Starting of Christmas
The middle of Winter has long been a time of celebration around the world. Centuries before the arrival of the man called Jesus, early Europeans celebrated light and birth in the darkest days of winter. Many peoples rejoiced during the winter solstice, when the worst of the winter was behind them and they could look forward to longer days and extended hours of sunlight.
In Scandinavia, the Norse celebrate Yule from December 21, the winter solstice, through January. In recognition of the return of the sun, fathers and sons would bring home large logs, which they would set on fire. The people would feast until the logs burned out, which could take as many as 12 days. The Norse believed that each spark from the fire represented a new pig or calf that would be born during the coming year.
The end of December was a perfect time for celebration in most of the areas of Europe. At that time of the year, most cattle were slaughtered so they would not have to be fed during the winter. For many, it was the only time of the year when they had a supply of fresh meat. In addition, most wine and beer made during the year was finally fermented and ready for drinking.
In Germany, people honored the pagan god Odin during the mid-winter holiday. Germans were terrified of Odin, as they believed he made nocturnal flights through the sky to observe his people, and then decide who would prosper or perish. Because of his presence, many people chose to stay inside.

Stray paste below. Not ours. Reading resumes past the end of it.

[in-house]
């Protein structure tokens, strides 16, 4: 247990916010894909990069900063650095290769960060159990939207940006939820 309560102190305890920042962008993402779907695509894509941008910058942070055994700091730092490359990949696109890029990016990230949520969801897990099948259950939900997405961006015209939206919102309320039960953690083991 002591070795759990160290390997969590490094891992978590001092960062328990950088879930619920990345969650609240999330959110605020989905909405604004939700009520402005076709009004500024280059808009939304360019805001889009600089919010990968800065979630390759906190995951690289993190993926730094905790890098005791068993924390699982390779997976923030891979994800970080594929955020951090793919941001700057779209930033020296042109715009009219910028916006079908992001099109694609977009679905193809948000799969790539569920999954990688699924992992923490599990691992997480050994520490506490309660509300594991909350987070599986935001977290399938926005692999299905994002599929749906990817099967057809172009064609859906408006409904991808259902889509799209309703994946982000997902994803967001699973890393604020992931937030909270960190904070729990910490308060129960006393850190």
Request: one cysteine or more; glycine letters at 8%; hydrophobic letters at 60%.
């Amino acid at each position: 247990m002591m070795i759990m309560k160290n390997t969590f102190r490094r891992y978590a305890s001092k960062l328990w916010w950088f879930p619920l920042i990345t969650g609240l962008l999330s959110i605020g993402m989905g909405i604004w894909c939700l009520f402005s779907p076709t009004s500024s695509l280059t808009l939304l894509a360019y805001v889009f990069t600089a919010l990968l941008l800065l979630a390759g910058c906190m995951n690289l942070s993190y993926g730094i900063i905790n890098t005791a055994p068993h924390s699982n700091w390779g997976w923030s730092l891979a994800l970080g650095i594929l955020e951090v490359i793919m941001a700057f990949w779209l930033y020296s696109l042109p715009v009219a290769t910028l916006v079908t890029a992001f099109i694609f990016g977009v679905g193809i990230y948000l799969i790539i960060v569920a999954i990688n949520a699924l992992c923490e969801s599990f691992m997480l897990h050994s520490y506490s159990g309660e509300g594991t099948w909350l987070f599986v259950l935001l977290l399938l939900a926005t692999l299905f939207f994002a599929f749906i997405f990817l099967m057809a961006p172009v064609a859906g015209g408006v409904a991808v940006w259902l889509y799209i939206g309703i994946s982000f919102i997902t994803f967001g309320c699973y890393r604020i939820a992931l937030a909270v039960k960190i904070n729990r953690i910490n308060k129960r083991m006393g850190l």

Invention of Santa Claus
The legend of Santa Claus can be traced back to a monk named St. Nicholas who was born in Turkey around 280 A.D.. St. Nicholas gave away all of his inherited wealth and traveled the countryside helping the poor and sick, becoming known as the protector of children and sailors.
St. Nicholas first entered American popular culture in the late 18th century in New York, when Dutch families gathered to honor the anniversary of the death of “Sint Nikolaas” (Dutch for Saint Nicholas), or “Sinter Klaas” for short. “Santa Claus” draws his name from this abbreviation.
In 1822, Episcopal minister Clement Clarke Moore wrote a Christmas poem called “An Account of a Visit from St. Nicholas,” more popularly known today by it’s first line: “‘Twas The Night Before Christmas.” The poem depicted Santa Claus as a jolly man who flies from home to home on a sled driven by reindeer to deliver toys.
The iconic version of Santa Claus as a jolly man in red with a white beard and a sack of toys was immortalized in 1881, when political cartoonist Thomas Nast drew on Moore’s poem to create the image of Old Saint Nick we know today.